Mailing address is:
In filling out the form Section E: Leave PMsKey blank and only enter your service number.
Section G: Write in "Unit Citation for Gallantry, Battle of Coral Balmoral"
Note that the online form is "page progressive" meaning that you cannot get to the next page without filling in the required details on the current page. I have not been through it so I do not know if you are able to write into Section G. If this is the case then please resort to the written application form.
Page 6 is a Guidance Page and lists those eligible to apply.
The issue of recognition for Australian soldiers who fought in the Battle of Long Tan, Vietnam, is to be reviewed again by the independent Defence Honours and Awards Appeals Tribunal.
Long Tan Honours Appeal
Long Tan honours appeal
The issue of recognition for Australian soldiers who fought in the Battle of Long Tan, Vietnam, is to be reviewed again by the independent Defence Honours and Awards Appeals Tribunal.
In April 2015, Lieutenant Colonel Harry Smith (Retd), former Officer Commanding D Company 6th Battalion, the Royal Australian Regiment at the Battle of Long Tan in Vietnam on 18 August 1966, applied to the Defence Honours and Awards Appeals Tribunal for review of a decision by the Chief of Army to refuse to recommend 13 members of the Australian Army who fought at the Battle of Long Tan for a range of gallantry awards, including a Victoria Cross for the late Warrant Officer John (Jack) Kirby.
The Chief of Army′s decision was made in respect of submissions by Lieutenant Colonel Smith to the Tribunal′s Inquiry into unresolved recognition for past acts of naval and military gallantry and valour.
Despite any previous considerations, Lieutenant Colonel Smith has a statutory entitlement under the Defence Act 1903 to seek review of the Chief of Army′s most recent decision in the Tribunal. In hearing this Matter, the Tribunal will consider the refusal to recommend the following 13 individuals for various defence honours (listed in the above image).
Assistant Minister for Defence Darren Chester said he was pleased the Tribunal was progressing to public hearings for the review. "I′m confident that the Tribunal′s review will finally resolve this important issue for veterans and their families," Mr Chester said. "I look forward to receiving the Tribunal′s recommendations, once the hearings and the Tribunal′s further deliberations are completed."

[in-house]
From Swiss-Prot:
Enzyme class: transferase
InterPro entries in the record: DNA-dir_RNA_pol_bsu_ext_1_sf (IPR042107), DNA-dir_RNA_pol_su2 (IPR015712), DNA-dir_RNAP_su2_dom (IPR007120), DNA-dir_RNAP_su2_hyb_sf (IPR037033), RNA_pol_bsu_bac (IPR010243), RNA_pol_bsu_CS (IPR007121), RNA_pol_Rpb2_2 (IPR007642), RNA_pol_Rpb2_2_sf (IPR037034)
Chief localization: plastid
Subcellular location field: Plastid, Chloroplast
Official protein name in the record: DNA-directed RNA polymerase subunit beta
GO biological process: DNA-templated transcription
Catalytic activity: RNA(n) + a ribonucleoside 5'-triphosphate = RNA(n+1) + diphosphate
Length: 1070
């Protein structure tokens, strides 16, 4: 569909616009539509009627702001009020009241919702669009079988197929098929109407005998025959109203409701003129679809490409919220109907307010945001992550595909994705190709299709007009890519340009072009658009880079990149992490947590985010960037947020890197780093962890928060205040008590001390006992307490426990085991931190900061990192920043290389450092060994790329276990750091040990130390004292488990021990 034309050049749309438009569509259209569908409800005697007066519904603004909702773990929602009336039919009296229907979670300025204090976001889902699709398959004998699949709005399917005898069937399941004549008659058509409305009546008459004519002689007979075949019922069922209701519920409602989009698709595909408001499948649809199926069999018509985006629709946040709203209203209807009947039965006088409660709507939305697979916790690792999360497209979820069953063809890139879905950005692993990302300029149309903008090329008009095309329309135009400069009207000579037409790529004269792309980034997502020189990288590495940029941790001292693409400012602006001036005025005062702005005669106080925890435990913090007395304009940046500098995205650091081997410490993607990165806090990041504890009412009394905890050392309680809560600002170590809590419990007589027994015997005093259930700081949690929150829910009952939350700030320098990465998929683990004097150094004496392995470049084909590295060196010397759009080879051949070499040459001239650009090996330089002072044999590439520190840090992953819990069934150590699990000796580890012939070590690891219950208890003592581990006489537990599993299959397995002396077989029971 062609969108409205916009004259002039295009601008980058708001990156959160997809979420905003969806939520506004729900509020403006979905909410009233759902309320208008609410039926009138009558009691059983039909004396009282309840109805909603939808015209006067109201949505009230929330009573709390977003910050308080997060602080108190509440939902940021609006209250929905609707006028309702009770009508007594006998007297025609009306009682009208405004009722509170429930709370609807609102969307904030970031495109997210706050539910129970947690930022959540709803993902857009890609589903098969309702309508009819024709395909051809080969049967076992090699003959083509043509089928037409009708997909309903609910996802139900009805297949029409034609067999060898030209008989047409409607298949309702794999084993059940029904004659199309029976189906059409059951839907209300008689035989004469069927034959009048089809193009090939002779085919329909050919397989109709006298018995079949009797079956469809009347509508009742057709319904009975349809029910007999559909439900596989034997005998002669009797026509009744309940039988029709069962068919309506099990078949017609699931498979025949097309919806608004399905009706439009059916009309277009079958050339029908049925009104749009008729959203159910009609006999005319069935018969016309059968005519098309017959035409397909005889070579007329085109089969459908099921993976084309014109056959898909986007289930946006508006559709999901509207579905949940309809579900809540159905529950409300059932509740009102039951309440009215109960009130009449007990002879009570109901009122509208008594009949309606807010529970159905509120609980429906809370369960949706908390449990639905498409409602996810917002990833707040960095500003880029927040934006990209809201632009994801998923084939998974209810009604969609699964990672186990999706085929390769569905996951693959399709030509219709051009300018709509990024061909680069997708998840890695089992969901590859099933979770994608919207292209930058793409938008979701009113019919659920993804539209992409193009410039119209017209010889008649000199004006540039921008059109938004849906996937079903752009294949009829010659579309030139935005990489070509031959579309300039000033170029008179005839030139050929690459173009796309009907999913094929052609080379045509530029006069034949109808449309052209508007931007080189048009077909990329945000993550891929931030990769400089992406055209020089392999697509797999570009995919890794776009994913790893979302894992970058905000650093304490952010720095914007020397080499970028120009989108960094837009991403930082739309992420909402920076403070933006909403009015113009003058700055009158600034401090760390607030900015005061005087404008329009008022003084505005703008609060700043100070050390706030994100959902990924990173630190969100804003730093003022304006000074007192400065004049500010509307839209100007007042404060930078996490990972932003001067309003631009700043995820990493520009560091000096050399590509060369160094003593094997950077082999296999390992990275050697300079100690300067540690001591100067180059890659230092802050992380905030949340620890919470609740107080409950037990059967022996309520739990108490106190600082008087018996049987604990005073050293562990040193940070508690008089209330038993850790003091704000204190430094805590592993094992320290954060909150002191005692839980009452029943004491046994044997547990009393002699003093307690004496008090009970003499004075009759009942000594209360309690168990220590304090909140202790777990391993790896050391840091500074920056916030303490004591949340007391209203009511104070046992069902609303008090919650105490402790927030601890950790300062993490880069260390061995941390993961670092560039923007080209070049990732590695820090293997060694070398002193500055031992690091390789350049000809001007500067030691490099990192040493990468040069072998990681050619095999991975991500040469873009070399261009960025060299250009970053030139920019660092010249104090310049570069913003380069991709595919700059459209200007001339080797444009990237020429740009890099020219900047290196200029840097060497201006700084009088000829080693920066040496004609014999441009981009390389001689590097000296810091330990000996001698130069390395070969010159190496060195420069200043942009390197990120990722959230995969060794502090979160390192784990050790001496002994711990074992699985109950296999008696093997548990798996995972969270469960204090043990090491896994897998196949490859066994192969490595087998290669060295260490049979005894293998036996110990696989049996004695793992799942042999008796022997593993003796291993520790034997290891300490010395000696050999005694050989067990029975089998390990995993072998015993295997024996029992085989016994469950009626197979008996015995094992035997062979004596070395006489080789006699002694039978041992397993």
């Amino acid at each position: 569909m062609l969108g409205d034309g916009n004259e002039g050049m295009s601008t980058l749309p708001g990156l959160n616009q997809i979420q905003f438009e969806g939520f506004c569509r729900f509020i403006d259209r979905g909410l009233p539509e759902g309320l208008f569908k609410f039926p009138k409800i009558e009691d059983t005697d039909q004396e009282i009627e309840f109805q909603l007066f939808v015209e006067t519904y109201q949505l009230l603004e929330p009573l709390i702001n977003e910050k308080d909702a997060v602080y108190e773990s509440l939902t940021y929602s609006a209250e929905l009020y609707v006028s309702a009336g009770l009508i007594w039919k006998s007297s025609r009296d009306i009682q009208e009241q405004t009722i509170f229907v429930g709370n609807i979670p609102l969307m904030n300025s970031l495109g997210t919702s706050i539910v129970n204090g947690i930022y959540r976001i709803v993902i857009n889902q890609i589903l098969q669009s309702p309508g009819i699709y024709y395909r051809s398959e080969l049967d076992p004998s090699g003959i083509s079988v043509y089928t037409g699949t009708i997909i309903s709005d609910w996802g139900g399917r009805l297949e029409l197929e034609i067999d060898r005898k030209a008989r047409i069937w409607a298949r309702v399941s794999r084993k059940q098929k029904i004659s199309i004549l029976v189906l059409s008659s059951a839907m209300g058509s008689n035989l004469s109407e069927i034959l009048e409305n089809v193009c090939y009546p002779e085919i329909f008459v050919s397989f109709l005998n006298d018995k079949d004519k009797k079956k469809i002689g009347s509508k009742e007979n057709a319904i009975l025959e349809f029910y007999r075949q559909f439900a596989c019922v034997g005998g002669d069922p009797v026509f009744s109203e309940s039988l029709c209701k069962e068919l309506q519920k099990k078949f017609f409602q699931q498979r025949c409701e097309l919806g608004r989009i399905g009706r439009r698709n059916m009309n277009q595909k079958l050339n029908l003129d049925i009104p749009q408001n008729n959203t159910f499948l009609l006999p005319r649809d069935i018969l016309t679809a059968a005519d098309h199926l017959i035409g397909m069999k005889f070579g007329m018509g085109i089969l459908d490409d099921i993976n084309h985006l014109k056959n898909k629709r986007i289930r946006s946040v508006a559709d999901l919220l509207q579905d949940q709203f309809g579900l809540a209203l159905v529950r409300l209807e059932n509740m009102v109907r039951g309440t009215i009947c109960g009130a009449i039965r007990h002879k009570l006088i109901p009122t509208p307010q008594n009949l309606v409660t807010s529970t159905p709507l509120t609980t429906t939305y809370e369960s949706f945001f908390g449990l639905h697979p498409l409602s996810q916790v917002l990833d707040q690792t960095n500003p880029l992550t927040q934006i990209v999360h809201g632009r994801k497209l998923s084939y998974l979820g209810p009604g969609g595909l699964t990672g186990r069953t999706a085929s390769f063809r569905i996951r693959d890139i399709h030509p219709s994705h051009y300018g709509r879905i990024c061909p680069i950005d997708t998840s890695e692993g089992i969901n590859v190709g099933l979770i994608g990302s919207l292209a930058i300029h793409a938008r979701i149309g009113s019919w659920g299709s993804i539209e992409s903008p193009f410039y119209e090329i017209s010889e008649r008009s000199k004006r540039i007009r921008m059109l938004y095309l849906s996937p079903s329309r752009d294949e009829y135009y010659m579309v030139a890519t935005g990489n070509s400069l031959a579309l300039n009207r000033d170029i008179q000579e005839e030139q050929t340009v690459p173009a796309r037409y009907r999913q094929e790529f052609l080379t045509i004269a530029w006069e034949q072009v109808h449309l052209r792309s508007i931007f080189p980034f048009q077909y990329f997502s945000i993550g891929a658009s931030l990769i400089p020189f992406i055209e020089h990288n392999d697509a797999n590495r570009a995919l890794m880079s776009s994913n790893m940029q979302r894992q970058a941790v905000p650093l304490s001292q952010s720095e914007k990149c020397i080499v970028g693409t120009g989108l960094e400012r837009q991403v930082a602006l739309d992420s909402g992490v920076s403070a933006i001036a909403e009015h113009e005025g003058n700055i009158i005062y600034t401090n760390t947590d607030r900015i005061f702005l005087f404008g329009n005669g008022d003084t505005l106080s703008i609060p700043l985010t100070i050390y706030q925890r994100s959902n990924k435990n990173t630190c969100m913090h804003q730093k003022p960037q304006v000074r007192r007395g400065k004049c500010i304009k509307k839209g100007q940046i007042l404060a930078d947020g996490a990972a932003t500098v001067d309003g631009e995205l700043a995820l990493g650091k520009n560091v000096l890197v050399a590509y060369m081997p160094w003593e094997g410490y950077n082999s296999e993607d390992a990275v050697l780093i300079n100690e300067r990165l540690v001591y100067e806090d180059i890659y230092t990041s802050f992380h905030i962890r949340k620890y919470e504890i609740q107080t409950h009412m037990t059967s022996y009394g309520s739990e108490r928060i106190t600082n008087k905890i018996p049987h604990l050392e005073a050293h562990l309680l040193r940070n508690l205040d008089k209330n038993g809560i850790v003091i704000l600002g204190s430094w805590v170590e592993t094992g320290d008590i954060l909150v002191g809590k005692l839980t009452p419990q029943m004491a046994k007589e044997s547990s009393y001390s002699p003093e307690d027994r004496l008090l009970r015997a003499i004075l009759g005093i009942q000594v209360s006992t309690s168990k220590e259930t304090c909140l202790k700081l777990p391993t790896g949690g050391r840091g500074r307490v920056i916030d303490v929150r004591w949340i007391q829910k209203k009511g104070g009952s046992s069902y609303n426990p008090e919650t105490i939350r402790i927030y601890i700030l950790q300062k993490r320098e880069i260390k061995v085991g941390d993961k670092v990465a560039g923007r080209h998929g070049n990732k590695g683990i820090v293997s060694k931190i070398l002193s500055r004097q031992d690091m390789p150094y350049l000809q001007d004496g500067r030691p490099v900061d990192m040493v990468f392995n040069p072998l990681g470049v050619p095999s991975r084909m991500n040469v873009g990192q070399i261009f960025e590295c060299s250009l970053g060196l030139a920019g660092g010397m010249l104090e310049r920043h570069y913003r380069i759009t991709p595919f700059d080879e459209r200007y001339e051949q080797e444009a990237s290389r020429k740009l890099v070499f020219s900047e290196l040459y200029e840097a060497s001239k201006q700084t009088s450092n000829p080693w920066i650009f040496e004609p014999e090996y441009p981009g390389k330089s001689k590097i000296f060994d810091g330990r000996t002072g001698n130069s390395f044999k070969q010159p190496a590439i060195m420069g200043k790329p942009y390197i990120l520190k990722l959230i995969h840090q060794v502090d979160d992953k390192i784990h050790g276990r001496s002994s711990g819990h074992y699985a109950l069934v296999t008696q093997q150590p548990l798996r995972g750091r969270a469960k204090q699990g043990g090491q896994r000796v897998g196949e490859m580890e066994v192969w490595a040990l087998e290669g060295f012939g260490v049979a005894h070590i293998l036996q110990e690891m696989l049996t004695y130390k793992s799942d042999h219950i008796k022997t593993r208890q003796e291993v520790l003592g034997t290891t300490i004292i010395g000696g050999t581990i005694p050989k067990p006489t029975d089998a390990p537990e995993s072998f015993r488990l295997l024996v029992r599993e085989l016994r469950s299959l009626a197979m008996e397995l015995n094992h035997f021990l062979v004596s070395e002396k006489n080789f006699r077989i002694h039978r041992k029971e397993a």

Seventeen Australians were killed and 25 wounded when on 18 August 1966, 108 men of D Company, 6RAR held off an assault by more than 2,000 enemies in the middle of a tropical downpour. They were greatly assisted by a timely ammunition resupply by RAAF helicopters, close fire support from Australian artillery, and the arrival of reinforcements in Armoured Personnel Carriers late in the battle.
The Tribunal will consider honours for 13 veterans of the Battle of Long Tan, including a Victoria Cross for the late Warrant Officer 2 Jack Kirby, who received a Distinguished Conduct Medal for his gallantry during the battle.
The Tribunal will hear evidence from veterans of the battle, representatives of the Department of Defence, and witnesses called by the applicant, Lieutenant Colonel Harry Smith SG MC (Retd).
The Army Remembrance Pin Acknowledges the Service of Men and Women Who Have Died While in Army.
The following family members are automatically eligible to receive the Army Remembrance Pin on application:
Spouse or recognised interdependent partner; Children, including stepchildren; and Parents and/or stepparents.
A person who is not listed as an eligible family member may apply to have special consideration to receive the Army Remembrance Pin. These applications will be considered by the Approval Authority on a case-by-case basis.
Family members who believe they are eligible to receive the Army Remembrance Pin are requested to complete form AE606 — Application for the Army Remembrance Pin (online version). A printable version of the form is available here.
Application forms can be emailed directly to: firstname.lastname@example.org or sent by mail to:
Army Remembrance Pin
Please note: Applications for the Army Remembrance Pin are to include a certified ‘True Copy’ of the deceased member’s Certificate of Service.
ANZAC Day - 2015
ANZAC DAY MARCH, Sydney, 2015
A beautiful sunny morning after the last few years inclement weather.
About 30 Vietnam Vets surfaced for the event which is pleasing seeing that many participate in their local events of the day. Good to see Doug Lawrence who, this time last year, was in hospital and has had a few operations since. Also the daughter and grandson of Vietnam Veteran, Andrew Ormston, marched with us. Postie was there again in spirit. Thanks Di, for your annual message, it is appreciated.
250,000 spectators watched the Sydney parade and a few tears on the Vets faces.
All in all, a very memorable day and see everyone again next 25 April.
President - HQ1ATF Association
ANZAC DAY MARCH, Melbourne, 2015